In a move that should help to reverse the effects of the ‘brain drain’ that took place during the Niyazov years, in June 2008 the Minister of Education reported that universities would widen their intake by 10 percent in order to generate more professional and specialist workers. Additionally, over 2,000 students from Turkmenistan were reported to be studying abroad, primarily in Russia, Turkey, Malaysia and China.[15] Approximately another 7,000 students from Turkmenistan were reported to have gone to Kyrgyzstan to receive a higher education.[16] Also in 2008 the US government opened five interactive multi-media learning centers in Turkmenistan under the auspices of the International Research and Exchanges Board for the purposes of training Turkmenistani educators at all levels to use computer-based technologies and interactive methods in the classroom.[17]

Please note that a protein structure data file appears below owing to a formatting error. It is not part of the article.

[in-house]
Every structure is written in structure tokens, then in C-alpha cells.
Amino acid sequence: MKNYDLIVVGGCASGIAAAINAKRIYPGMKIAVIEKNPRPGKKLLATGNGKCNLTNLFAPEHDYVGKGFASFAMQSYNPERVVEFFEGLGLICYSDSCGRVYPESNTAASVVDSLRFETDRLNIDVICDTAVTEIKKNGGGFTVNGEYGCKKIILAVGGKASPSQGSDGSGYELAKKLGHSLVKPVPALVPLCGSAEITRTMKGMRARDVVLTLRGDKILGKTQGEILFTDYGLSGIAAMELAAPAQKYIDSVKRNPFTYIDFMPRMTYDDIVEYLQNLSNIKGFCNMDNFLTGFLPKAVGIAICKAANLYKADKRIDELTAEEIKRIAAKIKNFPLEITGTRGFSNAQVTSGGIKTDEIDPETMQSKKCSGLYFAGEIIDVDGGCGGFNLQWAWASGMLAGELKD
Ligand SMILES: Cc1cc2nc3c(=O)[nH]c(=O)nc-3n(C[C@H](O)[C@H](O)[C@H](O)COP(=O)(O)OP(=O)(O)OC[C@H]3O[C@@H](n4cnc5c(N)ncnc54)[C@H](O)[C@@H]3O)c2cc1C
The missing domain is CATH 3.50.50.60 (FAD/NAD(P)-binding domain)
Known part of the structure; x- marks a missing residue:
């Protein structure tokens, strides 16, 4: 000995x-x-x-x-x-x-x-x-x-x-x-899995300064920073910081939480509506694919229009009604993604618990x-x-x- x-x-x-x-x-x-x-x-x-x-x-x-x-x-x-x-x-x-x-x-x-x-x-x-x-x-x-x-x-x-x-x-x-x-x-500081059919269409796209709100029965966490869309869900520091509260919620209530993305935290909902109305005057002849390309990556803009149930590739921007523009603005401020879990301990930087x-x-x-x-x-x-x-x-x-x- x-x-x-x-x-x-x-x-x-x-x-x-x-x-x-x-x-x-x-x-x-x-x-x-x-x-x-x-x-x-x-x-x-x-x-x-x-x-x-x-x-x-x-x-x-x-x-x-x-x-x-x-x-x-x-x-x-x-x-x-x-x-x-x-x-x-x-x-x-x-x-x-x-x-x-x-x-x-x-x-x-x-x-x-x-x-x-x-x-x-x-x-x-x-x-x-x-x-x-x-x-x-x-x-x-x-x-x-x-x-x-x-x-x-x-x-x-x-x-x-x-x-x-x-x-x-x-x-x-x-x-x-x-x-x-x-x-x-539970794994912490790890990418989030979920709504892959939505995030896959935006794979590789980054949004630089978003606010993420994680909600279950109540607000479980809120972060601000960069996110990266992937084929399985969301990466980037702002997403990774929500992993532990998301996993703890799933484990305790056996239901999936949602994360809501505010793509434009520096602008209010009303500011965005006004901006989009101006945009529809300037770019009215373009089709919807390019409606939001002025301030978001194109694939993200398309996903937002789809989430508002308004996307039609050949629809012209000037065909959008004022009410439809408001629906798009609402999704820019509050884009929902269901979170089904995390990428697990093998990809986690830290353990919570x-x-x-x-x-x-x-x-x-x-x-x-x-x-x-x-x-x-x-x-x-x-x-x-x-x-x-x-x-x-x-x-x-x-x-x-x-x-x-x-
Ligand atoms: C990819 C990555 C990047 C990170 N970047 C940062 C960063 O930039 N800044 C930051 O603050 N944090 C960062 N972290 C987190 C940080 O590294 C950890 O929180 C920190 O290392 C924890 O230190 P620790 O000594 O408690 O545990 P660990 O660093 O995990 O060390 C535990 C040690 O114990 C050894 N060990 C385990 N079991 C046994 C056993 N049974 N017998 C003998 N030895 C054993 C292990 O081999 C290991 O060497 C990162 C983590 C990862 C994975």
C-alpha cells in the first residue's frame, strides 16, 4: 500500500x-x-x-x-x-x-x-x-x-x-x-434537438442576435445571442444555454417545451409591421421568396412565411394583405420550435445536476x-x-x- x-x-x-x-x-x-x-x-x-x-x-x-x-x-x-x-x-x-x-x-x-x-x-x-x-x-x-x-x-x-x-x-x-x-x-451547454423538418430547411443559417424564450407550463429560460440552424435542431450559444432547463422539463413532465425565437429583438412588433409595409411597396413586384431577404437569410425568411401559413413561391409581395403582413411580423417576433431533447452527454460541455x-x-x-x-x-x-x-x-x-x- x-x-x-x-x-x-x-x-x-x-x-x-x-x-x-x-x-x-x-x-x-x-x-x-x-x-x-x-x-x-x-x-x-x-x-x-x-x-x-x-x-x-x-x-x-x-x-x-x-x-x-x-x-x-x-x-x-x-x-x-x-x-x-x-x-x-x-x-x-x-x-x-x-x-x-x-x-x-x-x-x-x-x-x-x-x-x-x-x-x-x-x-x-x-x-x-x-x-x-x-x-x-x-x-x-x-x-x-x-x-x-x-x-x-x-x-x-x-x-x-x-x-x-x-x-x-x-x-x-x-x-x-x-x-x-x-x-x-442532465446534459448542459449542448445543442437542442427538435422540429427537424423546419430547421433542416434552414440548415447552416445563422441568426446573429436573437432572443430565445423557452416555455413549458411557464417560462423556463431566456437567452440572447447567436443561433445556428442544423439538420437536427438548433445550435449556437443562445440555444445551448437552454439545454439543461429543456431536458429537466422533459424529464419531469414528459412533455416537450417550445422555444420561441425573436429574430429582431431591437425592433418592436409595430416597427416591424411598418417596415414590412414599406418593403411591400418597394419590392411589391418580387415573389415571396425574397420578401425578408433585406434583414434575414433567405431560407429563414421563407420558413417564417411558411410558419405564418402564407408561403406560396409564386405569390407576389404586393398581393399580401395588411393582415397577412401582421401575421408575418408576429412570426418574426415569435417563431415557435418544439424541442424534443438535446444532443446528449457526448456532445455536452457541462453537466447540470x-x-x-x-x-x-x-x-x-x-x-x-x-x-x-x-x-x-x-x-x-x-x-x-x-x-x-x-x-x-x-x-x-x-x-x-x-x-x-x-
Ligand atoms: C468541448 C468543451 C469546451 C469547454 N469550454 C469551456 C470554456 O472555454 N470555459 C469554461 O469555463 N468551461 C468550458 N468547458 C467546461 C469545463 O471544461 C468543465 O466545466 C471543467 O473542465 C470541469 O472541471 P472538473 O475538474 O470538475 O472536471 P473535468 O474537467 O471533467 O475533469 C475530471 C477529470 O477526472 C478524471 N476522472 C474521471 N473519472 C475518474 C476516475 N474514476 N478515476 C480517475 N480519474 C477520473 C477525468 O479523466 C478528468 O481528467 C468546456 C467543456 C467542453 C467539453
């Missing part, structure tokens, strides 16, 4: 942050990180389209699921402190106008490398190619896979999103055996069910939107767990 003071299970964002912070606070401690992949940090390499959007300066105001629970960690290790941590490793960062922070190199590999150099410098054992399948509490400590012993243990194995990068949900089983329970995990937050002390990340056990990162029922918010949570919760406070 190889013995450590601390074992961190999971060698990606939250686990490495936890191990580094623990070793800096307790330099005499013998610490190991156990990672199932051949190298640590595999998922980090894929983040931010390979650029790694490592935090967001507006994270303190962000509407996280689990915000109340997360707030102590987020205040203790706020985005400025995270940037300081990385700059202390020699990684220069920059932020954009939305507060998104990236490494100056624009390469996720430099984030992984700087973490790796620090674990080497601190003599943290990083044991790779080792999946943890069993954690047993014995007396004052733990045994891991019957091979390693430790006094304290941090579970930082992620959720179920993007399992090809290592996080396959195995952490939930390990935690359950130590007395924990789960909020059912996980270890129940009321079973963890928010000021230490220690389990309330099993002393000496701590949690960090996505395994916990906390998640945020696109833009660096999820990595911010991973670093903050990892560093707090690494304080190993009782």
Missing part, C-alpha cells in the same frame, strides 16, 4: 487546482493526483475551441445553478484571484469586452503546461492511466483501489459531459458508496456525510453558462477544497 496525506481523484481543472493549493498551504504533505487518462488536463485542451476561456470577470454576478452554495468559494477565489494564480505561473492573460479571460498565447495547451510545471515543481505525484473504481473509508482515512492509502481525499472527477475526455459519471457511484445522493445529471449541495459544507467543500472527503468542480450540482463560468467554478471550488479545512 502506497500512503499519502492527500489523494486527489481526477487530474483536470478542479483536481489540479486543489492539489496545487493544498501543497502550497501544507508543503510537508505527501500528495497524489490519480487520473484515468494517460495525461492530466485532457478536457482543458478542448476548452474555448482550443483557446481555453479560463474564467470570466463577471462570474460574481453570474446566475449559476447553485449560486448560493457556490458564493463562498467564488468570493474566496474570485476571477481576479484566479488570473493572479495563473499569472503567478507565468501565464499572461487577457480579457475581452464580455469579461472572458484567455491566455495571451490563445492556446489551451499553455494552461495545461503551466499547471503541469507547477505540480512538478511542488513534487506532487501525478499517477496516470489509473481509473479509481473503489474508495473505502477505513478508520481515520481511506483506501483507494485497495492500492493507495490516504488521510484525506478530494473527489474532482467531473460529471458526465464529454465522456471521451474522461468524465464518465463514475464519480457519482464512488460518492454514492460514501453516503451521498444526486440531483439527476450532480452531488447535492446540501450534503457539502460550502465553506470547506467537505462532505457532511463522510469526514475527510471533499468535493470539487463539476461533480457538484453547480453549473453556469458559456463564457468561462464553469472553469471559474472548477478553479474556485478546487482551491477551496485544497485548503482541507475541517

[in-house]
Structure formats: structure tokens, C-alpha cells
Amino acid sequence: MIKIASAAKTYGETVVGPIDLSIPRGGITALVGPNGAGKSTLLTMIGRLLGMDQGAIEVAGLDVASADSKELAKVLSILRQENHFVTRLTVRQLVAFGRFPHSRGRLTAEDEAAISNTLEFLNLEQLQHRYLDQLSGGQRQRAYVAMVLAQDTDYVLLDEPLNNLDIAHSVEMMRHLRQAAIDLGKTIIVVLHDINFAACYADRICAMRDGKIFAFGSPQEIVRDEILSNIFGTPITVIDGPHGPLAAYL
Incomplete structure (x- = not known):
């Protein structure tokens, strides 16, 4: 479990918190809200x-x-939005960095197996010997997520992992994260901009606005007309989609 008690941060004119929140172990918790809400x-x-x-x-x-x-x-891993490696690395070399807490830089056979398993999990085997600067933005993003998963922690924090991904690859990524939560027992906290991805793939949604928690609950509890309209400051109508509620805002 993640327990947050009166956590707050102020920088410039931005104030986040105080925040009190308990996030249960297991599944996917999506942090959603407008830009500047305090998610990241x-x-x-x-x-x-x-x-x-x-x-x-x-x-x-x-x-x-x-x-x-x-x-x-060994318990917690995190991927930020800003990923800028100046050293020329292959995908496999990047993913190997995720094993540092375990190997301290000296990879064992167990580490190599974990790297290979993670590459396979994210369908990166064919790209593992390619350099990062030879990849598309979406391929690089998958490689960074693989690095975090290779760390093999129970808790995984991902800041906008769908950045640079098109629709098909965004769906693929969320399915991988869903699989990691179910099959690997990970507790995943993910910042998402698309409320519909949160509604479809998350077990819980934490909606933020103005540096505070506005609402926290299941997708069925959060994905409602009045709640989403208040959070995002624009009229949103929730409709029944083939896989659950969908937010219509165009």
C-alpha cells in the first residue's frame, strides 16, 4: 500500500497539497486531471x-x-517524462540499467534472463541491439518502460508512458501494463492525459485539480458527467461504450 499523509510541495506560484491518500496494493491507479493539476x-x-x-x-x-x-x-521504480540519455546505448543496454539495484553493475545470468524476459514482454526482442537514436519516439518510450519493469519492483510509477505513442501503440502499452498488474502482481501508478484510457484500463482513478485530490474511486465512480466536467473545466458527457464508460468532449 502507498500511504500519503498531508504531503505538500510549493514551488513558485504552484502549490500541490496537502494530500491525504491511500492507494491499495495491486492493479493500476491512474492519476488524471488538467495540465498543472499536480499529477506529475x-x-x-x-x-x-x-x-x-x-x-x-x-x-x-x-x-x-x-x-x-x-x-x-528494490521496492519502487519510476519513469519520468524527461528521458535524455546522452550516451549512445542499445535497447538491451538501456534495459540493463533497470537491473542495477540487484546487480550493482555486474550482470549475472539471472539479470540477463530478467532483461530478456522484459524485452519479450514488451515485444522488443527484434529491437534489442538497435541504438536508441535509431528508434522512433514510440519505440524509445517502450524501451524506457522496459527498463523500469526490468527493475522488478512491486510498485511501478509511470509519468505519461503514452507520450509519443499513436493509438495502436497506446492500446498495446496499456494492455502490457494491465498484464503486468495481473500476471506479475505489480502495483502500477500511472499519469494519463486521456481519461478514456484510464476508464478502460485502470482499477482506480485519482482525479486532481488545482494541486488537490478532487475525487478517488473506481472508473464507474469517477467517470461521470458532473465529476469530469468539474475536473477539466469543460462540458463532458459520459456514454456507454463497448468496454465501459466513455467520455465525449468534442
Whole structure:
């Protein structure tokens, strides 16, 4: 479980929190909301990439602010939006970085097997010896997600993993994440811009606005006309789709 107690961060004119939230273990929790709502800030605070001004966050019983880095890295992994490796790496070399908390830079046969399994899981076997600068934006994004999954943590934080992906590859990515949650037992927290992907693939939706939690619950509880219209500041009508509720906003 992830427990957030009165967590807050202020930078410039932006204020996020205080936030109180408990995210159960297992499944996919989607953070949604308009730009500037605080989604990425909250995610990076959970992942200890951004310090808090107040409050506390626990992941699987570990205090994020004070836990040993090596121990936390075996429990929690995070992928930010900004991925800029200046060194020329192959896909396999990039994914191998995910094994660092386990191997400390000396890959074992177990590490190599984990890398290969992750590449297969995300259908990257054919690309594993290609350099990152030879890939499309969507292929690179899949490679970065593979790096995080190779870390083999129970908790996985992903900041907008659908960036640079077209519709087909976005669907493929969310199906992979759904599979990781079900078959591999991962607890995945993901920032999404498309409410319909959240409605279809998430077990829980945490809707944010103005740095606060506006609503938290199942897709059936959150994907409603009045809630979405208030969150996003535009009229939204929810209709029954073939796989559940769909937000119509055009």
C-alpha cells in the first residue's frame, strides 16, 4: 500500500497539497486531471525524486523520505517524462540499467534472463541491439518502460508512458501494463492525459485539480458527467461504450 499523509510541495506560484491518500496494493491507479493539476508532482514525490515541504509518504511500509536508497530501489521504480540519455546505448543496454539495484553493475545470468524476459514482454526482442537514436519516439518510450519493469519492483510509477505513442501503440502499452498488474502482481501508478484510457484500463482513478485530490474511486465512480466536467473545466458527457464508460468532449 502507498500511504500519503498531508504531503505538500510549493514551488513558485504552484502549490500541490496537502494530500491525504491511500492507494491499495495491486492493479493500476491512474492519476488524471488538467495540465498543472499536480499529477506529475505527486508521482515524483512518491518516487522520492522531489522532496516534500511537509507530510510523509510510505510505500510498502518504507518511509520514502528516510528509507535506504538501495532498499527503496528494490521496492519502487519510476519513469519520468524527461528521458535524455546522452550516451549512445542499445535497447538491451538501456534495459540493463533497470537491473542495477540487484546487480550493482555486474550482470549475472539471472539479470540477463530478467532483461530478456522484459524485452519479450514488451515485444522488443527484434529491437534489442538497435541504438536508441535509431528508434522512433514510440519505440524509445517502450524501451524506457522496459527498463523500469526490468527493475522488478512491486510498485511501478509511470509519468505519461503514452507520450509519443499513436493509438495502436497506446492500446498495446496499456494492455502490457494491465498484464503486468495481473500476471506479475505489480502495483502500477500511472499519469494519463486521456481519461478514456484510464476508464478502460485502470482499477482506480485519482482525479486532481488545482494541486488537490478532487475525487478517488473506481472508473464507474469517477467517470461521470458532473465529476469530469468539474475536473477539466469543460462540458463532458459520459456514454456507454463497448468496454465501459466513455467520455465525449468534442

Marking a significant departure from the Niyazov era, eighteen new areas of study were introduced at universities and institutes in 2008, including Italian and Chinese languages and literatures, agro-chemistry and soil science, land reclamation mechanization, circus and variety arts, and international law, economics and journalism. While as of late 2008, the Ruhnama had not been eliminated from the educational curriculum, much less time was devoted to its study (1–2 hours a week in grades one through ten as well as in all higher educational establishments).